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Sep 25, 2015
This article is part of a series called Editor's Pick.

Facebook messenger popped up: Did you hear the news?

The person messaging me was a new co-worker. I just stared at the words, a sick feeling of knowing something I didn’t want to know roiled in my stomach. The blinking cursor taunted me.

I wrote back: What news?

The cursor blinked a steady robotic wink.

That your boss was fired today.

Two weeks on the new job, alone at a conference 3,000 miles away from home, and no where near the office I was onboarded and trained.

Your boss was fired today. This was the person who recruited and wooed me, and, I thought, brought me in to be part of the A-team.

How will this impact me?

Fear bubbled up like bile in my throat. I knew something was wrong all day when I hadn’t heard back from the multiple messages I had left. Frantic second guessing seized me – the offer, my acceptance, my excitement – the opportunity I had been looking for.

Another message popped up: Kevin, you there? You all right?

No, I’m not all right. Not even close, I thought.

I had no idea what to do. I thought of my wife and my two daughters. I thought of the lean times and risk-taking and the rock bottom perspective before this point. Although I didn’t know for sure if this was the end of a very short beginning, it definitely felt like a long walk off a short pier somewhere in the dead of frozen winter.

Until it wasn’t. Until I discovered it had nothing to do with me and the winter freeze thawed quickly and all was as well as could be. It was then I found myself parachuted into a hot jungle thicket that was thankfully alive with the work I loved to do and with people I loved doing it with.

I thought I had done my due diligence. I thought I had asked all the right questions from others besides my boss who had recruited me. I read about them online via Glassdoor and LinkedIn and various other press releases and Internet smack – and was OK with all of it.

Ready to go to work! Onward! Let’s do this!

Yes, it can be a volatile world of work

Sound familiar to some of you? We don’t know what we don’t know until we’re truly in it, right?

When we talked about the Amazon work experience with Kidpower Founder and Executive Director Irene van der Zande on the TalentCulture #TChat Show, Irene made a valid point. She said that people who decide to work for difficult even harsh workplace cultures go in with eyes wide open, and they either adapt and make it work, or they leave.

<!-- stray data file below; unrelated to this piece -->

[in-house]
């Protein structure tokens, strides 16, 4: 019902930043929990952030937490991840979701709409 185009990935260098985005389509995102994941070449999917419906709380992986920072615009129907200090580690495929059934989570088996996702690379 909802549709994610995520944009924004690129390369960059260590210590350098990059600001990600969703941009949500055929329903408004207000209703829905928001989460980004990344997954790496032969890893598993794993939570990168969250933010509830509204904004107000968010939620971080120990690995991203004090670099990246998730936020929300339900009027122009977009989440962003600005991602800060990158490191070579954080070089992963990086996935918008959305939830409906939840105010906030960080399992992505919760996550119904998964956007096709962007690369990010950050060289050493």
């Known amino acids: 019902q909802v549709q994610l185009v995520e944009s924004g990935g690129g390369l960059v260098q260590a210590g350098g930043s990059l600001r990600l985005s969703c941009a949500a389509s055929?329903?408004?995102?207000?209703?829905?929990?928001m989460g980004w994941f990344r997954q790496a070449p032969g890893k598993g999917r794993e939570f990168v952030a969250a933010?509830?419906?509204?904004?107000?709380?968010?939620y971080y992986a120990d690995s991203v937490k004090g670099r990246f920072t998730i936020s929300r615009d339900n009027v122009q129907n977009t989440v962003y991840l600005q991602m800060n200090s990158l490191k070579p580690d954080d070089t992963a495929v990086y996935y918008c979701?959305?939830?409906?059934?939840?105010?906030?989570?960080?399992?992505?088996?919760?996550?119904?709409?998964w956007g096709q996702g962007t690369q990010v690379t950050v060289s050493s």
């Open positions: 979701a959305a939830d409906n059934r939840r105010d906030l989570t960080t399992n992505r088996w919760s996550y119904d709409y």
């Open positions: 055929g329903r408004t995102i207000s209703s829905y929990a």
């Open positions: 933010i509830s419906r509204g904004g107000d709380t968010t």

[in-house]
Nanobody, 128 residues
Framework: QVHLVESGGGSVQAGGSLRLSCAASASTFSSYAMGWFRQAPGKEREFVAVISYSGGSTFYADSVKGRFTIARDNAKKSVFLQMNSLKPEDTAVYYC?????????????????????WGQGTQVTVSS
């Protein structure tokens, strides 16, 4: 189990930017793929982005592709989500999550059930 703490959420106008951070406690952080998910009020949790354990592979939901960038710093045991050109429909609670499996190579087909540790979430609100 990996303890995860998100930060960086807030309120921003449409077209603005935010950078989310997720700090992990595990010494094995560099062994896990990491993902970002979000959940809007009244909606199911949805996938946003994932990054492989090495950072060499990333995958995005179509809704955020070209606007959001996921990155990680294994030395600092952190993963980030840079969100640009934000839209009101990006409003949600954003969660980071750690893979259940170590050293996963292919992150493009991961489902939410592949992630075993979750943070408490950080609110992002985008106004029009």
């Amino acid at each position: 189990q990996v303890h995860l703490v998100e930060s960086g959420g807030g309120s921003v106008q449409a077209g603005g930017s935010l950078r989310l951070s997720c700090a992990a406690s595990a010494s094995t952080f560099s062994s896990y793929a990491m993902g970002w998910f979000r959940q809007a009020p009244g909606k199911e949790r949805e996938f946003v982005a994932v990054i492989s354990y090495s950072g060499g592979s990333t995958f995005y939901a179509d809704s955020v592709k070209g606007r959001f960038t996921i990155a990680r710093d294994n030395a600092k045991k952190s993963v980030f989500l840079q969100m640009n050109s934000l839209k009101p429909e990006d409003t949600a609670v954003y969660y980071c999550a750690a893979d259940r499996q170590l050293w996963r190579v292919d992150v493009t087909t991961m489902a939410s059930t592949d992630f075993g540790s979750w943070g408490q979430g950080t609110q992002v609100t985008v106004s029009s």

But we all know the world of work can be volatile for any one of us at any time. How we respond to tough workplaces is up to us and she shared some examples of how Kidpower has prepared hundreds of thousands of teens and adults worldwide to take charge of their emotional and physical safety when others (and your environment) are acting in unkind, hurtful, unsafe ways – one of which is by wearing an emotional raincoat.

Cry me a river, right? Work is work, so suck it up and deal and be happy with a bright and shiny new job. The problem is that, although more and more companies are forced to be more transparent during the recruiting process and have improved it throughout, we’re just not getting a clear enough picture of what it’s like when we get to the suitor’s front door and go inside.

The Talent Board’s Candidate Experience Awards research data – now in it’s fifth year with 130,000 completed surveys from North America, 100,000 from Europe and 20,000 from Australia and New Zealand – tell us that companies have showed no maturity in strengthening the new hire onboarding experience year after year.

Onboarding technology is taking hold

Also from the data, less than half of new hires received a phone call from their hiring manager during the onboarding process, and less than a fifth engaged in any social connection with their future team members. Of course, a deeper comparative analysis across job types (hourly, salaried and executive) may uncover onboarding practice differentials, but the fact remains beyond the employers supplying information and completing required paperwork, muggy thunderstorms may loom.

Historically onboarding has lagged behind other recruiting and hiring processes — but the eye of the storm is here. According to the 2015 CandE data being analyzed now, 74 percent of participating companies have now invested in onboarding technology (higher than 2014) and the remaining 26 percent are considering it for 2015-2016.

That’s good news. Take it from me and what I’ve learned from Kidpower – if storm clouds are brewing on your just-hired horizon, put on your waterproof emotional raincoat and weather it like the champ you are, especially for the the work you love to do and get compensated for.

It will pass and you’ll be fine — most of the time. And in the end, you’ll stay or leave accordingly.

In fact, just imagine employer branded emotional workplace raincoats. Hey, there’s a new hire tchotchke for us all.

This was originally published on Kevin Grossman’s Reach West blog.

This article is part of a series called Editor's Pick.
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